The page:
Something else that contributes to such good acoustics is the appropriate length between the rows. This permits sound to be diffused everywhere with the same volume and clarity. Other factors include the reflection of the sound as it strikes the hard, compact surface of the orchestra and the tiers of seats, the good quality of marble that was used, the noiseless landscape, and the constant breeze that blows from the orchestra to the spectators.
Theater—The Home of Drama
Because the ancient Greeks used meticulous care and skill when constructing theaters such as this one at Epidaurus, spectators could easily see and hear dramas. The drama originated in fertility feasts to celebrate the harvest and the vintage as well as the ideas of the death and renewal of life. Such orgiastic feasts honored Dionysus, the mythical god of wine and fertility. These performances not only praised mythical gods but often told a story. Three main forms of storytelling developed: tragedy, comedy, and satire. The city rulers, realizing the popularity of those events, supported them as a means to gain greater political power.
In time, the influence of Dionysian celebrations on drama and the predominance of orgiastic spectacles diminished. In search of new themes for their plays, celebrated dramatists of the fifth century B.C.E., such as Aeschylus, Sophocles, and Euripides, turned to Greek history and mythology. It was the growing and widespread popularity of drama that created the need for large theaters, such as the one at Epidaurus. And it was the need for the audience to hear every word of the dramas—which often included subtle wordplay and repartee—that demanded a high level of care and skill in the construction of the theaters.
Each theatrical play required a chorus (usually 10 to 15 people) and actors (never more than 3 speaking characters in each scene). Actors were called hy·po·kri·taiʹ, the ones who respond to the chorus. In time, this term began to be used in a metaphoric sense to describe a person who is playing false or putting on a pretense. The Gospel of Matthew used this word to describe the deceitful scribes and Pharisees of Jesus’ day.—Matthew 23:13.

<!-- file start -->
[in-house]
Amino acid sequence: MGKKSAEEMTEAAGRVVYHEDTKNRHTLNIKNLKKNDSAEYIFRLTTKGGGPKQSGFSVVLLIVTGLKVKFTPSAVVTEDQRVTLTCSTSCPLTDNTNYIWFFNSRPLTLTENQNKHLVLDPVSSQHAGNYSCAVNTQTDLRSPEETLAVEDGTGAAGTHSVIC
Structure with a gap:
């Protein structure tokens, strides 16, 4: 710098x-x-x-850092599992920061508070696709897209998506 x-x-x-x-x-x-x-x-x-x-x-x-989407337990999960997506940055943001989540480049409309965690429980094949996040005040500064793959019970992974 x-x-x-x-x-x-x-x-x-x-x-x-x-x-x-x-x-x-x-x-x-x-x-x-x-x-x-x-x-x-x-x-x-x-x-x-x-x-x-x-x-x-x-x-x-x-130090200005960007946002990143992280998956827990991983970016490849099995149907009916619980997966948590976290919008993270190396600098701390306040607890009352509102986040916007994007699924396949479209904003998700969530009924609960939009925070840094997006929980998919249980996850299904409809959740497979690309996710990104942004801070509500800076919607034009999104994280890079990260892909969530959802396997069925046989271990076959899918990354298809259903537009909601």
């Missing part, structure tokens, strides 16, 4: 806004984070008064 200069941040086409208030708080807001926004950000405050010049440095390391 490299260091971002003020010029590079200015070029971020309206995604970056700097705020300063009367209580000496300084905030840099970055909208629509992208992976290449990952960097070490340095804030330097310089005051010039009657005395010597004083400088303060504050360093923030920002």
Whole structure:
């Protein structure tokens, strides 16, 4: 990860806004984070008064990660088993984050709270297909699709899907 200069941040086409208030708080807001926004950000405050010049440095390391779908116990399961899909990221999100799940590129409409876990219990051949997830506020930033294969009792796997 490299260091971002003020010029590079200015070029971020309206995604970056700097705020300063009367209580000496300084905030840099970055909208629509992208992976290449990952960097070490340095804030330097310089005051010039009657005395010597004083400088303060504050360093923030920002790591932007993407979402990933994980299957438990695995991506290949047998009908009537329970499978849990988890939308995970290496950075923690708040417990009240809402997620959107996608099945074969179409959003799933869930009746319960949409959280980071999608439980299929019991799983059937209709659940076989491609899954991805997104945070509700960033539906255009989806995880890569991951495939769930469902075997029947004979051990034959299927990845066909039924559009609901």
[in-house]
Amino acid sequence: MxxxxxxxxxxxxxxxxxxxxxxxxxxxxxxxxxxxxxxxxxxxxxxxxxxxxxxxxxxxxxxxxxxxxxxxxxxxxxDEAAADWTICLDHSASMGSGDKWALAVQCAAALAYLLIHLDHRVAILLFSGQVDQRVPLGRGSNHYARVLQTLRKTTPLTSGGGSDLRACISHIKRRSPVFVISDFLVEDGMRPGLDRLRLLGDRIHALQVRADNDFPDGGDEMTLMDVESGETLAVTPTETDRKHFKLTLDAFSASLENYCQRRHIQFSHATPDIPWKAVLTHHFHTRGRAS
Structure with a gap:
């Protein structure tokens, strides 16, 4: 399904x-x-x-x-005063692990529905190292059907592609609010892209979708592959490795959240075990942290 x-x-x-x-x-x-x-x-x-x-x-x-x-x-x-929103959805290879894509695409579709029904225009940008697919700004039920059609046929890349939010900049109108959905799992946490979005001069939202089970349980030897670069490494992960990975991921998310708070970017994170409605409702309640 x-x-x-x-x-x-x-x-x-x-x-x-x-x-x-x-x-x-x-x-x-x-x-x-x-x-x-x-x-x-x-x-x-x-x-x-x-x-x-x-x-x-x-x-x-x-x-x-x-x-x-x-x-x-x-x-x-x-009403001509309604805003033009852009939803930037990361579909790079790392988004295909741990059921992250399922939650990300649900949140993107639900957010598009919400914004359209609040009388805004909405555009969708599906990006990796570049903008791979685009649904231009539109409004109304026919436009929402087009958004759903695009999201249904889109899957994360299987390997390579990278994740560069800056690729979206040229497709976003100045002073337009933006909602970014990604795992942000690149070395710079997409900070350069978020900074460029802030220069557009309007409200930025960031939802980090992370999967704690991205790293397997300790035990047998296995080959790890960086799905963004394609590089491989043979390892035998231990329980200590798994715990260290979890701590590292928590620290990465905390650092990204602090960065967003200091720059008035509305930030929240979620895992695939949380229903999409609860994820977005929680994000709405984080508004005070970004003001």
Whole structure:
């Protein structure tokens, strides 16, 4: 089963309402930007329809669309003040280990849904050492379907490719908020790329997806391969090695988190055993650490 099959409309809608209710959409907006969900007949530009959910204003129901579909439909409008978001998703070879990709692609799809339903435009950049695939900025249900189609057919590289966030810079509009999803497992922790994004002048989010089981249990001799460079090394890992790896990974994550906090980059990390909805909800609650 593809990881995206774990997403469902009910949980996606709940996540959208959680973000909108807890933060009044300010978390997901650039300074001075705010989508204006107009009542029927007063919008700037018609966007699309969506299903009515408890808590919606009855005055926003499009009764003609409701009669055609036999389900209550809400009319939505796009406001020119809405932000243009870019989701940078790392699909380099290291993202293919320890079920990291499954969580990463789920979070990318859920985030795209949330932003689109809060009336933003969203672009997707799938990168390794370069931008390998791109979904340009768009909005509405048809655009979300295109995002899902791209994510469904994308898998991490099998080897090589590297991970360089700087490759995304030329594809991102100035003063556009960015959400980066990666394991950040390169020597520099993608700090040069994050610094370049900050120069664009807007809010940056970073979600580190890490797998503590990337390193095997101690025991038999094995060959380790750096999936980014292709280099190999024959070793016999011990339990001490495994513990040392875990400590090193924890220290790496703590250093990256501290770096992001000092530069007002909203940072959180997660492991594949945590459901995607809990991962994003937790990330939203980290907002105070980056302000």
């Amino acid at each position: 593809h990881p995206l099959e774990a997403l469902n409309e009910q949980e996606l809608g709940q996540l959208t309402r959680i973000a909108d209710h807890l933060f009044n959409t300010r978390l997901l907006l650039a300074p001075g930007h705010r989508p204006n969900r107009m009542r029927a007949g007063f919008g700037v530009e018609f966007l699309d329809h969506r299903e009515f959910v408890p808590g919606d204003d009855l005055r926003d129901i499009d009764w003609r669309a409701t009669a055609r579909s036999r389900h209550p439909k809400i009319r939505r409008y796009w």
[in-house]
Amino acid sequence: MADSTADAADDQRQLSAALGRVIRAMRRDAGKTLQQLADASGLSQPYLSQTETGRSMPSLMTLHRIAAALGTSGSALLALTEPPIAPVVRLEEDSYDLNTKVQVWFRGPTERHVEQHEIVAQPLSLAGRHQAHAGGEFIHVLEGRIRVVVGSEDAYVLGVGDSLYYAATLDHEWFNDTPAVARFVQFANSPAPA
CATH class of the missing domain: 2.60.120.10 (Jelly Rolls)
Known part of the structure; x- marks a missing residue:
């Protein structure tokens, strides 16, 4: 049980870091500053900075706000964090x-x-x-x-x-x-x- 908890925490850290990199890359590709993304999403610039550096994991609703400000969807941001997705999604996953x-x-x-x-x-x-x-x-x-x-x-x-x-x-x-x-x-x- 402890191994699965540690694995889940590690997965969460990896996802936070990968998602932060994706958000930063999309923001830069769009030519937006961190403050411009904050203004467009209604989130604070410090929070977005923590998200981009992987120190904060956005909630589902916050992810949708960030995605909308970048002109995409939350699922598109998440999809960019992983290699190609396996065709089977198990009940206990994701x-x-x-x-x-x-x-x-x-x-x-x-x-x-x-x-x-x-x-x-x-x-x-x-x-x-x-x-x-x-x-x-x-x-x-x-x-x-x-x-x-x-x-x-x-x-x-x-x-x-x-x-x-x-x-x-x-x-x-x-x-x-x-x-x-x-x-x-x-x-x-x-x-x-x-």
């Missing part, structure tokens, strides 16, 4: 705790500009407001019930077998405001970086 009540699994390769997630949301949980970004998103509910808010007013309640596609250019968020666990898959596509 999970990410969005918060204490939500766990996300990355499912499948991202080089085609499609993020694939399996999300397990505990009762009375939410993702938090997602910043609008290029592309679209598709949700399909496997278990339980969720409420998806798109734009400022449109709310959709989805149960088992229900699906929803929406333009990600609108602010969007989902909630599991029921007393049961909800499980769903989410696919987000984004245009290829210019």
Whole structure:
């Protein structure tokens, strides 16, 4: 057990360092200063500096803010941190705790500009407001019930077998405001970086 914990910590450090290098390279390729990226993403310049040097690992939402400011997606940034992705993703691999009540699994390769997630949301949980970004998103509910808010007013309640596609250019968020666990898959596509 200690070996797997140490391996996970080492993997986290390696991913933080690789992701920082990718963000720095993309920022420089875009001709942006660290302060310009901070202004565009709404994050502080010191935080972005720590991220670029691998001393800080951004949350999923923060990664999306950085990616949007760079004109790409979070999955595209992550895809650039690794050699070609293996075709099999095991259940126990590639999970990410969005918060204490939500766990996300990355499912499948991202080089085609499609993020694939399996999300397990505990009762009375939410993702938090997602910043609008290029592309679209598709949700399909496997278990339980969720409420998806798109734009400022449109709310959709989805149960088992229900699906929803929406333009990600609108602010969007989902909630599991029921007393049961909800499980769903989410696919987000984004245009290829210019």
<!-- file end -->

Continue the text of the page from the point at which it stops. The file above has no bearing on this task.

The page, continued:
Epidaurus and Ancient Drama Today
The performance of ancient drama has been revived in Greece at Epidaurus and elsewhere. Until the beginning of the 20th century, ancient Greek dramas, particularly tragedies, were an object of academic study only. But from 1932 onward, with the establishment of the National Theater of Greece, the works of ancient dramatists have been translated into modern Greek.
Since 1954 the Epidauria drama festival has become an annual event. Each summer the Epidaurus theater extends hospitality to many Greek and foreign theatrical companies, which present performances of ancient plays. Thousands of tourists and theater lovers visit this site to attend modern performances of plays that were written almost 2,500 years ago.
So the next time you visit Greece, you are invited to come to Epidaurus. After seeing its impressive theater, you may reach the same conclusion as Pausanias: ‘No architect can compete with the beauty and the harmony of the Epidaurus theater.’
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Theater and the Early Christians
“We have become a theatrical spectacle to the world, and to angels, and to men,” wrote the apostle Paul to the Christians in Corinth, who were living close to Epidaurus. (1 Corinthians 4:9; Hebrews 10:33) He meant that because of being reproached and persecuted, they were as if exposed in a theater before a universal audience. In the days of Paul, theatrical plays were a popular form of recreation. However, the early Christians were warned against immorality and fierce violence, which were often represented in the theatrical performances of that time. (Ephesians 5:3-5) Christians themselves were sometimes forcibly led to the theaters or arenas of the Roman Empire as objects of entertainment, even being made to confront wild beasts.
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Greek dramatists: Musei Capitolini, Roma